Home North America Baltimore Bridge Collapses Into River As Container Vessel Rams Into It

Baltimore Bridge Collapses Into River As Container Vessel Rams Into It

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In a rare accident of its kind, a Singapore-flagged container vessel Dali, rammed into Baltimore’s Francis Scott Key bridge early this morning leading to the entire bridge collapsing into the Patapsco River. Authorities described it as a “mass casualty incident” with a search on for as many as 20 people who were on the bridge when it was hit.

BBC reported that “dive and rescue teams had arrived at the site to locate the individuals in the water”. It said there was diesel fuel in the water, probably the result of the cargo vessel’s fuel tanks getting ruptured. Authorities were on the alert given concerns that if a fire broke out, it could spread to the ship which remained stalled near the bridge. The crew were reported to be safe although it’s not clear if they have been evacuated from the Dali.

The BBC said Singapore-based Synergy Marine Group had confirmed that its vessel the Dali was involved in an accident. It said in a statement, “While the exact cause of the incident is yet to be determined, the Dali has now mobilised its Qualified Individual Incident Response Service.” Synergy Marine also confirmed that the crew were safe, also the two pilots on board and the captain. Synergy Marine is reportedly founded by an Indian, has an Indian CEO with probably the captain, first mate, and chief engineer also Indians.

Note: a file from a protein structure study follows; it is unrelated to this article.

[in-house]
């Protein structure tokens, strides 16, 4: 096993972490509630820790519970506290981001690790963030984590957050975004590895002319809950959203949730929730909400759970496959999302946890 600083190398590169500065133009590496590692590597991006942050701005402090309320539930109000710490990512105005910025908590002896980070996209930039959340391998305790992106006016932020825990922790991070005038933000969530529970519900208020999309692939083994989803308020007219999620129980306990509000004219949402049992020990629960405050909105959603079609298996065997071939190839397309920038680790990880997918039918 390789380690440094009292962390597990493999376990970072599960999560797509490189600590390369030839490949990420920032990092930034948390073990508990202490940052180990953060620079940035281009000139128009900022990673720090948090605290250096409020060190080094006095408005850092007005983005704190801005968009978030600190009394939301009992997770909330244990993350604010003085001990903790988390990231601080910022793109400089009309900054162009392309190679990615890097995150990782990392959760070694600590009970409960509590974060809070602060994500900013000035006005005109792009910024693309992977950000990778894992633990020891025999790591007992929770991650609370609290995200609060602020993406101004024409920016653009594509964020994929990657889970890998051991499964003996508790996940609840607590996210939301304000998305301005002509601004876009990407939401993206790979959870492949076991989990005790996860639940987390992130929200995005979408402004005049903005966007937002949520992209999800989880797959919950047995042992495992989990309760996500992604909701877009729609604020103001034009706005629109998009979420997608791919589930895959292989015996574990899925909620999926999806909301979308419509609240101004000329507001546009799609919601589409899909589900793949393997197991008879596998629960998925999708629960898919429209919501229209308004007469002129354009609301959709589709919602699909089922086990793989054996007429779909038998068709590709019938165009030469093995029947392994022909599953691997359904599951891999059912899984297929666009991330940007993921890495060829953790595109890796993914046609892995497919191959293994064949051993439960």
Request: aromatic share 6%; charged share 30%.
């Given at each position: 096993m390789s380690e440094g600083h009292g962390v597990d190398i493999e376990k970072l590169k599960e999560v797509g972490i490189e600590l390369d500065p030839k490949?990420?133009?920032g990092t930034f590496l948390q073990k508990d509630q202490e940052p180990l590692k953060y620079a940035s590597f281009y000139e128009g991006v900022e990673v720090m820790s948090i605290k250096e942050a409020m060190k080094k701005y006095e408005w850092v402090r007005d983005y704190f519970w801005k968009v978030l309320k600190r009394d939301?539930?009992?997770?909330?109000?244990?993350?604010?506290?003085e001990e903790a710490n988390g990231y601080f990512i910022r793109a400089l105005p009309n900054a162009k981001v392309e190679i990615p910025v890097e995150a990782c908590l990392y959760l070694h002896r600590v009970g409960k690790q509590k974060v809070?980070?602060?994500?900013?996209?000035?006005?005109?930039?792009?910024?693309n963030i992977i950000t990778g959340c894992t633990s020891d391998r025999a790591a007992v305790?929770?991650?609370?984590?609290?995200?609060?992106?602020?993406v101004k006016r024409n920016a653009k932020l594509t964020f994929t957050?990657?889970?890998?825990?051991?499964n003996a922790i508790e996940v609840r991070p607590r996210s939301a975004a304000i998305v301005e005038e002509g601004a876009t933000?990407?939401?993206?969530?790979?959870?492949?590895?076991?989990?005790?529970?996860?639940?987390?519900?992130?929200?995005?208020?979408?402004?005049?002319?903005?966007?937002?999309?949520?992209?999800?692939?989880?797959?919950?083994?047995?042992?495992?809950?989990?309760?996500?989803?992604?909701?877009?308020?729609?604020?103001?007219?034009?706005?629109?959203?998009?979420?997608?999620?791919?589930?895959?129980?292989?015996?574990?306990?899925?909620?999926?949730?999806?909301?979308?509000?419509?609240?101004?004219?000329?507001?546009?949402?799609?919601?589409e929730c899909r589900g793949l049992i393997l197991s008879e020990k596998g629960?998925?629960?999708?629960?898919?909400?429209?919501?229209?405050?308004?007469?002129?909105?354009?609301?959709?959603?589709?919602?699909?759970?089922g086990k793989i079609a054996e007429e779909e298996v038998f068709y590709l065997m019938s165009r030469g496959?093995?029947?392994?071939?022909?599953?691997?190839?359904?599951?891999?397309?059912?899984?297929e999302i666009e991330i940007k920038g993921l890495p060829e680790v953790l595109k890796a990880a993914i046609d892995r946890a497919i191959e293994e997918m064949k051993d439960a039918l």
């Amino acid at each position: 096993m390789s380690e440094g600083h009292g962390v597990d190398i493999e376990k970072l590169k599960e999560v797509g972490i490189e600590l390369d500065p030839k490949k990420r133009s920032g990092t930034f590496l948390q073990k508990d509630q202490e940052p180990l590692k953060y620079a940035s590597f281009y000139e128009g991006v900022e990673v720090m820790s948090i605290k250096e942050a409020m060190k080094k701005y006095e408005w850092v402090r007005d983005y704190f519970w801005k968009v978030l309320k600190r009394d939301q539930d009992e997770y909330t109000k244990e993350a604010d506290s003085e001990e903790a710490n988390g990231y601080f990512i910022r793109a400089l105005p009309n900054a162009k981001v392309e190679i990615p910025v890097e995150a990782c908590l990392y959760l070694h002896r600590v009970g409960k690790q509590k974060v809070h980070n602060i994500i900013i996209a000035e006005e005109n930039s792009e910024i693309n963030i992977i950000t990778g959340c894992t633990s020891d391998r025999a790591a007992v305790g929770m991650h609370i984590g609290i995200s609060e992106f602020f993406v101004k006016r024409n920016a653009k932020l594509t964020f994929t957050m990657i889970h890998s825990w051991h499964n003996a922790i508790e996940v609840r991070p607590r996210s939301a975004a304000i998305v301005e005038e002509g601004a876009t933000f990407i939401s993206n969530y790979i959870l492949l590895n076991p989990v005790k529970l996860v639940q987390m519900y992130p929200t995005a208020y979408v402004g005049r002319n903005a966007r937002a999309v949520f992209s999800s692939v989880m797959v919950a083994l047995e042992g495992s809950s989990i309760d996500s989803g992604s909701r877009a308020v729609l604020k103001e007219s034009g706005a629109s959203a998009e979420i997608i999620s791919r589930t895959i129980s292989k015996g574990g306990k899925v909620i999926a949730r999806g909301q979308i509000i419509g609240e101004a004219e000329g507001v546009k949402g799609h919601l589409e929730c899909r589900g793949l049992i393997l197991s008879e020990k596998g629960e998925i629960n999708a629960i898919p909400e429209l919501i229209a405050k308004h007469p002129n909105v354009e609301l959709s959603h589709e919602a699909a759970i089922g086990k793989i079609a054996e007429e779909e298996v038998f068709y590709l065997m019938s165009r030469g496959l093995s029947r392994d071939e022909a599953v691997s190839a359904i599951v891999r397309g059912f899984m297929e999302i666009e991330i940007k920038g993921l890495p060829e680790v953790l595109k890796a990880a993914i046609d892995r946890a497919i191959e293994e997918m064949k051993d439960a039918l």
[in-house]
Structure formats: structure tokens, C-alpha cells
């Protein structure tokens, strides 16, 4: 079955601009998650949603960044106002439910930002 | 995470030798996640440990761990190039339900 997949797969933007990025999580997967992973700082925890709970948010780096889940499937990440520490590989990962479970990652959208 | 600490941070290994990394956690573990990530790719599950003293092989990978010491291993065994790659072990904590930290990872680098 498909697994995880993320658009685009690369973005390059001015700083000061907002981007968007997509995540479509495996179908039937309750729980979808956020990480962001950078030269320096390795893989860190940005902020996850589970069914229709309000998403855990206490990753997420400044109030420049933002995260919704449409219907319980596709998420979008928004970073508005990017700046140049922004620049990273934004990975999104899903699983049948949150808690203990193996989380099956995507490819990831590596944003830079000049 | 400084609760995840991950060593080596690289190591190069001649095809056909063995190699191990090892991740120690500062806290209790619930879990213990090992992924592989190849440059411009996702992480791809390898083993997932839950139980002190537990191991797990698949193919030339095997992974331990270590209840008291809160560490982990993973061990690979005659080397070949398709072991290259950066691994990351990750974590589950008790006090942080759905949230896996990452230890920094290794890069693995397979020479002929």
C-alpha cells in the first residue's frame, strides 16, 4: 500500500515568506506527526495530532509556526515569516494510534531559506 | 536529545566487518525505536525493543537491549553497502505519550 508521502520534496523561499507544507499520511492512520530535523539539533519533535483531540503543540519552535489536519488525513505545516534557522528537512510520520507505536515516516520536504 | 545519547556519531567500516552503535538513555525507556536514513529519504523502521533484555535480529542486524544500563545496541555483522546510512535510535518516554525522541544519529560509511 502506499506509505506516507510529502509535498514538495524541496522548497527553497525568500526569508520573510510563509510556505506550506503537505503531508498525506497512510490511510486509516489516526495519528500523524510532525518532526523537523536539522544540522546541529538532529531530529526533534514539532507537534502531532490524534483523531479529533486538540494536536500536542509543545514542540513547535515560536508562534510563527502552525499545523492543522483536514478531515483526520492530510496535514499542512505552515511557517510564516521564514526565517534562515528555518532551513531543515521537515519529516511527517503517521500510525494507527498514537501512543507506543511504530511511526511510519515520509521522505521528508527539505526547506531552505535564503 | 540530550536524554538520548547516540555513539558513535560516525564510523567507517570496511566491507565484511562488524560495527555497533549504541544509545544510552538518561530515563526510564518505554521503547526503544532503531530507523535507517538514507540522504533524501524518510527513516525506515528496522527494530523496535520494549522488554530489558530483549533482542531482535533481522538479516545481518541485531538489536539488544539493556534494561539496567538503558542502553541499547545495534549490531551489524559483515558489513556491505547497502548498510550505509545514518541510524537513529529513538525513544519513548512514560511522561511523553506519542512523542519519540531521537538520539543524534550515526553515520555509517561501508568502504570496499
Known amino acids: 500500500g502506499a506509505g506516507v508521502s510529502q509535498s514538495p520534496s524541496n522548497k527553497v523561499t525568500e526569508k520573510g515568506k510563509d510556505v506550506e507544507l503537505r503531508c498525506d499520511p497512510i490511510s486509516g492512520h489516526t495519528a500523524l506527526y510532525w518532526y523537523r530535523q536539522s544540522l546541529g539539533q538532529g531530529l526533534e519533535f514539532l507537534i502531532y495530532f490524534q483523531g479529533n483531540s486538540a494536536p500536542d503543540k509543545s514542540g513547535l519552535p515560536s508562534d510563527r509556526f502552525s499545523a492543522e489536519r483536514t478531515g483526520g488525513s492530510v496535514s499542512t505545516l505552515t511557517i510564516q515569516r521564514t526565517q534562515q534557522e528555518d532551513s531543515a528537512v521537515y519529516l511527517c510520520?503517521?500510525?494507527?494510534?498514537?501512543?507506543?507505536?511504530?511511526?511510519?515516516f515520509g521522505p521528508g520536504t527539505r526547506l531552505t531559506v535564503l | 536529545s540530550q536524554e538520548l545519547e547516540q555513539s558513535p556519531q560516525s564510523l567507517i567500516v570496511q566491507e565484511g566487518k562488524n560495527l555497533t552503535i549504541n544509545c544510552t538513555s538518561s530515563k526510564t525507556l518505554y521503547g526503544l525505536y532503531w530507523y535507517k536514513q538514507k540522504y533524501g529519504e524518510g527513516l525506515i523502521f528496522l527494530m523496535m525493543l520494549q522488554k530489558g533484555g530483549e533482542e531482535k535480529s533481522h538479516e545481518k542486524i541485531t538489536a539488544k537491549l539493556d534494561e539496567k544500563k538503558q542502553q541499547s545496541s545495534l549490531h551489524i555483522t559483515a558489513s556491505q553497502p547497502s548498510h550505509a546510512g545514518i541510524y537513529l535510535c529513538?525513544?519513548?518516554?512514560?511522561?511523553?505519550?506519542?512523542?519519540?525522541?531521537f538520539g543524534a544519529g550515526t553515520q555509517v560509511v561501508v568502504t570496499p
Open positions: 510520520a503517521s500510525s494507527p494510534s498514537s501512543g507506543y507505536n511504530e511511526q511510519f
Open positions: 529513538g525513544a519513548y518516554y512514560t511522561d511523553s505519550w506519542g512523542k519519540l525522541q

“Never would you think that you would see, physically see, the Key Bridge tumble down like that. It looked like something out of an action movie,” said Baltimore Mayor Brandon Scott, calling it “an unthinkable tragedy.”

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The fire chief said authorities “may be looking for upwards of seven people” but said that number could change. It was not clear if the two rescued were included in the seven.

Sonar has indicated that there are vehicles in the water, where the temperature was about 47 degrees Fahrenheit (8 degrees Celsius) in the early hours of Tuesday, according to a buoy that collects data for the National Oceanic and Atmospheric Administration.

Earlier, Kevin Cartwright, director of communications for the Baltimore Fire Department, told The Associated Press that several vehicles were on the bridge at the time, including one the size of a tractor-trailer truck.

He called the collapse a “developing mass casualty event,” though he didn’t know at the time how many people were affected.